A radio controlled jet rally was held on the west end of Billings over the weekend and people from all over the state and some parts of Wyoming traveled to participate in it.
The rally was organized by a nonprofit group called the Billings Flying Mustangs, which hopes to increase participation in radio controlled flying.
Many of the pilots that participated in the event this weekend have been flying these radio controlled jets for a longtime. One of those is John Cooley, who's been doing it for 45 years. He said he enjoys the camaraderie of the community more than anything else.
"I think my favorite part is the people," Cooley said on Sunday afternoon in between flights. "A lot of these people I have known for 30 years or longer. We do as much visiting as we do flying. They're just great people."
Cooley lives in Powell, Wyoming where he and his son own and operate a body shop for radio controlled jets. Cooley said working with his son and attending these types of events with him really add to the experience.
"We fly pretty much everyday in front of the body shop for five or ten minutes, you know?" Cooley said. "It's a lot of fun and we really have a good time doing what we do."
This weekend's event was non-competitive, where pilots could come and fly whatever routines and planes they preferred. Art Mulkey, a longtime member of the Billings Flying Mustangs, said it was organized to increase the excitement around their sport.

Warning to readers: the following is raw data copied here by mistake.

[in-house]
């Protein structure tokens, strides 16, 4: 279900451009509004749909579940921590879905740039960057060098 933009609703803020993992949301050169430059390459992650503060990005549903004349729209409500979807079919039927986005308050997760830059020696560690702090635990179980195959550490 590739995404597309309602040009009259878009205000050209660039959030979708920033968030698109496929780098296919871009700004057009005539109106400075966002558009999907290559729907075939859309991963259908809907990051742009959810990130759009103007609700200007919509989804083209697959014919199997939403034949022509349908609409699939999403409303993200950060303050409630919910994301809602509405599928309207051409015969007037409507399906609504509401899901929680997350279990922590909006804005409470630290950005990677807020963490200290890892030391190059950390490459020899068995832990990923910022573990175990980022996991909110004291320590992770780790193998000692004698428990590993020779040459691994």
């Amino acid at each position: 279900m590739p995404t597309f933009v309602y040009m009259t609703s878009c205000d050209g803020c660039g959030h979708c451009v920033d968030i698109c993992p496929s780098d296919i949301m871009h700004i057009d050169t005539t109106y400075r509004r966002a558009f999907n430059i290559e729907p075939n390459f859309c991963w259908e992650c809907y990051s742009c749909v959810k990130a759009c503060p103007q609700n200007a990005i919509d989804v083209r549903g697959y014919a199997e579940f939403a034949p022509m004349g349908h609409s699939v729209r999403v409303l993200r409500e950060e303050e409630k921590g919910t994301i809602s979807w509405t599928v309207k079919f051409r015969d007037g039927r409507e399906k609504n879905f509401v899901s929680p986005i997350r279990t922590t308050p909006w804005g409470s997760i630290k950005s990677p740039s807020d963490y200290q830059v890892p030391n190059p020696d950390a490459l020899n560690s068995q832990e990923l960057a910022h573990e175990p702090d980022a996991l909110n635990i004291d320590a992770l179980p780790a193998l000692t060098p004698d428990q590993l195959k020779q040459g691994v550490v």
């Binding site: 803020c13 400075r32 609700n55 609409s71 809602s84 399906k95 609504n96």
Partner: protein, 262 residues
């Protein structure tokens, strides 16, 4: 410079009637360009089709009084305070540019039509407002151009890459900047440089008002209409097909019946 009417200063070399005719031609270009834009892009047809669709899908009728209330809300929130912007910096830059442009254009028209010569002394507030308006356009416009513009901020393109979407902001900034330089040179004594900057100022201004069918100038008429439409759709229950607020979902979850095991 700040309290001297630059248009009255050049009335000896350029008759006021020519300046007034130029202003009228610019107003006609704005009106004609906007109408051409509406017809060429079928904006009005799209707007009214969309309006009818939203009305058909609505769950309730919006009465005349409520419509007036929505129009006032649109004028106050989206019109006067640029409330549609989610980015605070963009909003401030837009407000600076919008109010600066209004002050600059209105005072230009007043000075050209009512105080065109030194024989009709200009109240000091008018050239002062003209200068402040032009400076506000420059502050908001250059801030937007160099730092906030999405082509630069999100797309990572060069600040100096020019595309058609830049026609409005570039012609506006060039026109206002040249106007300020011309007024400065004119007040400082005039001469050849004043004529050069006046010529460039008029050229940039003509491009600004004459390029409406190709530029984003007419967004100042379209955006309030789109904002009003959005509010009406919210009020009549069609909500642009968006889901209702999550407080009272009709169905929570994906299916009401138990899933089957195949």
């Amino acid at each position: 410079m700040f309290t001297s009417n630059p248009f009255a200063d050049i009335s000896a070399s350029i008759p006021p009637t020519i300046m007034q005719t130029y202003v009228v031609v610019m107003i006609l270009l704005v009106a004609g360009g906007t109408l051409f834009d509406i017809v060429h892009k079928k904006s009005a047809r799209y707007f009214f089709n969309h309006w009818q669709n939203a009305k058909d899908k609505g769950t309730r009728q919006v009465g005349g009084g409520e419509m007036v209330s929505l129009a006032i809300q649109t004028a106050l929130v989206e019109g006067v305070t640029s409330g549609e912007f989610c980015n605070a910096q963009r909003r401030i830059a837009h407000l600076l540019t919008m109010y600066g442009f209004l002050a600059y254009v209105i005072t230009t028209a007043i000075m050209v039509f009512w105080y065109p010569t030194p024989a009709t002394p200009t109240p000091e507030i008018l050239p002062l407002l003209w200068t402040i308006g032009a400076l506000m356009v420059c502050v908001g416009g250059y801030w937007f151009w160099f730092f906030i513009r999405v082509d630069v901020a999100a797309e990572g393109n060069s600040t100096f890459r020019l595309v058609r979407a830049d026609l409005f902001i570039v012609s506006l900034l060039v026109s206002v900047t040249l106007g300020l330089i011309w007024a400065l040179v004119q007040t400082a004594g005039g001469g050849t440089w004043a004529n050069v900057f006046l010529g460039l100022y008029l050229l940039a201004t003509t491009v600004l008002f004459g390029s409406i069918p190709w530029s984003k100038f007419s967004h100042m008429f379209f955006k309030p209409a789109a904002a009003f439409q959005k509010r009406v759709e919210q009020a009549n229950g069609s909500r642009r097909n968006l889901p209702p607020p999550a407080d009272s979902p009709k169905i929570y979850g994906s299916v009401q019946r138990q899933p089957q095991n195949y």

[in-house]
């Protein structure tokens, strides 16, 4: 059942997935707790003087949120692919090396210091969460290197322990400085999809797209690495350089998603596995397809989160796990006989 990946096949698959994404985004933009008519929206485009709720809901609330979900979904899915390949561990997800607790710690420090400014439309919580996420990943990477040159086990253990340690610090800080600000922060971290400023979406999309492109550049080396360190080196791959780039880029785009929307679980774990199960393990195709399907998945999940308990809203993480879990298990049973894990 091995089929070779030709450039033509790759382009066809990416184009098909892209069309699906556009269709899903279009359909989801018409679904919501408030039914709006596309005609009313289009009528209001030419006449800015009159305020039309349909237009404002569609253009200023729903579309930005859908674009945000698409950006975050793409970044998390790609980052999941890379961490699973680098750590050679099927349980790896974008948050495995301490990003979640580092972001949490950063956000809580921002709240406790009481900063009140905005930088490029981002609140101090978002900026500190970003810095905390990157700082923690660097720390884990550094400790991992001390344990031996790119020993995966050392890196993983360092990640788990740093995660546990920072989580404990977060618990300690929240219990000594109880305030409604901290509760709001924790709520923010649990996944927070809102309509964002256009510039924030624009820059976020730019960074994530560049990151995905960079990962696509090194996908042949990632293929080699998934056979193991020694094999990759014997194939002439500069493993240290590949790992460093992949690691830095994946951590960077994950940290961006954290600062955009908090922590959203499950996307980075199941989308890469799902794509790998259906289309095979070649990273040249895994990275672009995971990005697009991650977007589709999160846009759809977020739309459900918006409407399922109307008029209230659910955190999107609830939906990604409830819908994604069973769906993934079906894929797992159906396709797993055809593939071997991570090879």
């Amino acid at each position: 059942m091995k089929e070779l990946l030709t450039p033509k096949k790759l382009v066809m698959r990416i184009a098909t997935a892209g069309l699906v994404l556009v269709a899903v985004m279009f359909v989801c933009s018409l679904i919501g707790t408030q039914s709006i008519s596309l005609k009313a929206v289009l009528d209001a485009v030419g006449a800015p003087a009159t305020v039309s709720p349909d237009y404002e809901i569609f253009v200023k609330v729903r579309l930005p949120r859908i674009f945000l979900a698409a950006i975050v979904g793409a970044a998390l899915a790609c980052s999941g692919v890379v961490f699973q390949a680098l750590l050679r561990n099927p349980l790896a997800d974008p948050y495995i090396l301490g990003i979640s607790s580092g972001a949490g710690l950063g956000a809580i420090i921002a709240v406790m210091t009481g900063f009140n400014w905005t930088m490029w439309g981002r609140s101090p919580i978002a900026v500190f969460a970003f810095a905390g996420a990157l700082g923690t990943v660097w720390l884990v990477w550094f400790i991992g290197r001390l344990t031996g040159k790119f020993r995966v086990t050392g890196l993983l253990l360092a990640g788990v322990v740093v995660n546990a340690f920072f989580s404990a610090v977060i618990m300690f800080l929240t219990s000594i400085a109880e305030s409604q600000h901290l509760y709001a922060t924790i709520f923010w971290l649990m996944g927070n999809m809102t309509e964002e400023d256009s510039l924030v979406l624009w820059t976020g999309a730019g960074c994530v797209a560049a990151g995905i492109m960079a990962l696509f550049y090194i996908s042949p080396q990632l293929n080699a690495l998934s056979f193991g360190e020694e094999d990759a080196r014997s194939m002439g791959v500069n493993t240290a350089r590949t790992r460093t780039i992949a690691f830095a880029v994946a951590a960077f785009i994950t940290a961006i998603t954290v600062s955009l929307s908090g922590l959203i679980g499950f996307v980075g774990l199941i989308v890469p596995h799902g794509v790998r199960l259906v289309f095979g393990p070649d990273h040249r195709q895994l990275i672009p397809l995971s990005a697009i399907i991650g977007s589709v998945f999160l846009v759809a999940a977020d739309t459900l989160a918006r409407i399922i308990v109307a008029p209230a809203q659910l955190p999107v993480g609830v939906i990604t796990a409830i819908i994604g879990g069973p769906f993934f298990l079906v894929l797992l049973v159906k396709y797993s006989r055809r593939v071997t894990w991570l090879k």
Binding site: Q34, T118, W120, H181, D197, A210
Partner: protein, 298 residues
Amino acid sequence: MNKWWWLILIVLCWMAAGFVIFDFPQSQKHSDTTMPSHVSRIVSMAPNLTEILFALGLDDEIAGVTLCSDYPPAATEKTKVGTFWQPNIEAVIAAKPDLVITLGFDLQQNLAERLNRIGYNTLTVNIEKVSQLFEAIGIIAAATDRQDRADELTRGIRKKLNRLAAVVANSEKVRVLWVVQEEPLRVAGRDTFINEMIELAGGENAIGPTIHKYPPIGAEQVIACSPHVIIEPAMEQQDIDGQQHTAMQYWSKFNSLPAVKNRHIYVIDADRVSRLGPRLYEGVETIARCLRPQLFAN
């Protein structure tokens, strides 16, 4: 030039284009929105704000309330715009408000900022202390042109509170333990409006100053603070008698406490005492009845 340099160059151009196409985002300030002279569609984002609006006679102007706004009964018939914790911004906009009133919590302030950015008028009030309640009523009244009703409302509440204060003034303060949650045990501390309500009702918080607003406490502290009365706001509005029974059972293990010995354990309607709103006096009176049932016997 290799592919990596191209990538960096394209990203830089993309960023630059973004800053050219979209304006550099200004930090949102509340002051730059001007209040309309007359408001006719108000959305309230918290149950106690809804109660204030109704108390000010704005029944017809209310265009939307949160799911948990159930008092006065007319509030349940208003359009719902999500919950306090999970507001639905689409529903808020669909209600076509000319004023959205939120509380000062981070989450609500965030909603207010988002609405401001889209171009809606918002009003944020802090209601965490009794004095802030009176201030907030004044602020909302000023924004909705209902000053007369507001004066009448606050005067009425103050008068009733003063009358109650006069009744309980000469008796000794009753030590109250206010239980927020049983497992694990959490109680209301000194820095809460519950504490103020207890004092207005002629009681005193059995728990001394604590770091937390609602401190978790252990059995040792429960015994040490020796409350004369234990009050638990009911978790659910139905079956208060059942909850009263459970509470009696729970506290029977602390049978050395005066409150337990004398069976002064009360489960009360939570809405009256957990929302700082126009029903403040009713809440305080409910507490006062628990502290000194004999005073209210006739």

"It was about public involvement and it's about the camaraderie from the people in the sport," Mulkey said. "It's a way to make people aware of other things going on in town and it's trying to keep our sport alive."
Mulkey is a Billings resident and said that he's traveled to many different radio controlled jet rallies, but having one in his hometown is extra special.
"It's more than cool," Mulkey said. "It's a special treat that we are able to do this."
Mulkey said the majority of pilots were from Montana, however some traveled all the way from Kalispell. Others made the trek from Wyoming to Montana from cities like Powell or Casper.
In total, Mulkey said the event had nearly 30 registered pilots and that every day brought in more than 100 spectators. Mulkey said he hopes the event generates excitement in younger generations.
"If we don't have some young folks coming in, it's not going to stick around for very long," Mulkey said. "I don't care if you're 10-years-old or 80-years-old, you can still come out here and learn how to fly."
And while it was Cooley's turn to travel for the event this weekend, he knows that many of his friends will soon be making the trip to Wyoming for another event. Cooley said the pilots are always doing what they can to support one another.
"These events are what make everything work for us," Cooley said. "There's just a lot of support here. Honestly, you'll find your friends for life doing this."